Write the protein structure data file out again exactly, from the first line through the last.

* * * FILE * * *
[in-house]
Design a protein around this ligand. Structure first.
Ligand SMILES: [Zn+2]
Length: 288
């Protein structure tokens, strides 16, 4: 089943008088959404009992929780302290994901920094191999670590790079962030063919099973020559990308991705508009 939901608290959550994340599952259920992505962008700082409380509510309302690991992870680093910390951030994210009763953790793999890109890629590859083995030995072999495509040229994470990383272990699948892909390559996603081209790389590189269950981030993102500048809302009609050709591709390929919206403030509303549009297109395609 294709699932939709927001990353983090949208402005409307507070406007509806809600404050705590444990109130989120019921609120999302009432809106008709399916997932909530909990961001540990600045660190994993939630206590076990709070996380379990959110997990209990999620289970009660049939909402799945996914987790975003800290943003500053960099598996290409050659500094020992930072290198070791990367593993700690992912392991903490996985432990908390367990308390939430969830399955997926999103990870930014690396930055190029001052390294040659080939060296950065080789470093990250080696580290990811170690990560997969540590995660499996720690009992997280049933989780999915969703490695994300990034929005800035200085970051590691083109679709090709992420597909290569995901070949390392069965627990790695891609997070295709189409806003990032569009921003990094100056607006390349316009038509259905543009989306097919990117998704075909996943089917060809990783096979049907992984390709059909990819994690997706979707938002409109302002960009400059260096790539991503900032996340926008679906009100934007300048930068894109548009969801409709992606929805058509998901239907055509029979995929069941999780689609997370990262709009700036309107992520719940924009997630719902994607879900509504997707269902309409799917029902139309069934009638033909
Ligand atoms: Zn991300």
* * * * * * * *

[in-house]
Design a protein around this ligand. Structure first.
Ligand SMILES: [Zn+2]
Length: 288
């Protein structure tokens, strides 16, 4: 089943008088959404009992929780302290994901920094191999670590790079962030063919099973020559990308991705508009 939901608290959550994340599952259920992505962008700082409380509510309302690991992870680093910390951030994210009763953790793999890109890629590859083995030995072999495509040229994470990383272990699948892909390559996603081209790389590189269950981030993102500048809302009609050709591709390929919206403030509303549009297109395609 294709699932939709927001990353983090949208402005409307507070406007509806809600404050705590444990109130989120019921609120999302009432809106008709399916997932909530909990961001540990600045660190994993939630206590076990709070996380379990959110997990209990999620289970009660049939909402799945996914987790975003800290943003500053960099598996290409050659500094020992930072290198070791990367593993700690992912392991903490996985432990908390367990308390939430969830399955997926999103990870930014690396930055190029001052390294040659080939060296950065080789470093990250080696580290990811170690990560997969540590995660499996720690009992997280049933989780999915969703490695994300990034929005800035200085970051590691083109679709090709992420597909290569995901070949390392069965627990790695891609997070295709189409806003990032569009921003990094100056607006390349316009038509259905543009989306097919990117998704075909996943089917060809990783096979049907992984390709059909990819994690997706979707938002409109302002960009400059260096790539991503900032996340926008679906009100934007300048930068894109548009969801409709992606929805058509998901239907055509029979995929069941999780689609997370990262709009700036309107992520719940924009997630719902994607879900509504997707269902309409799917029902139309069934009638033909
Ligand atoms: Zn991300």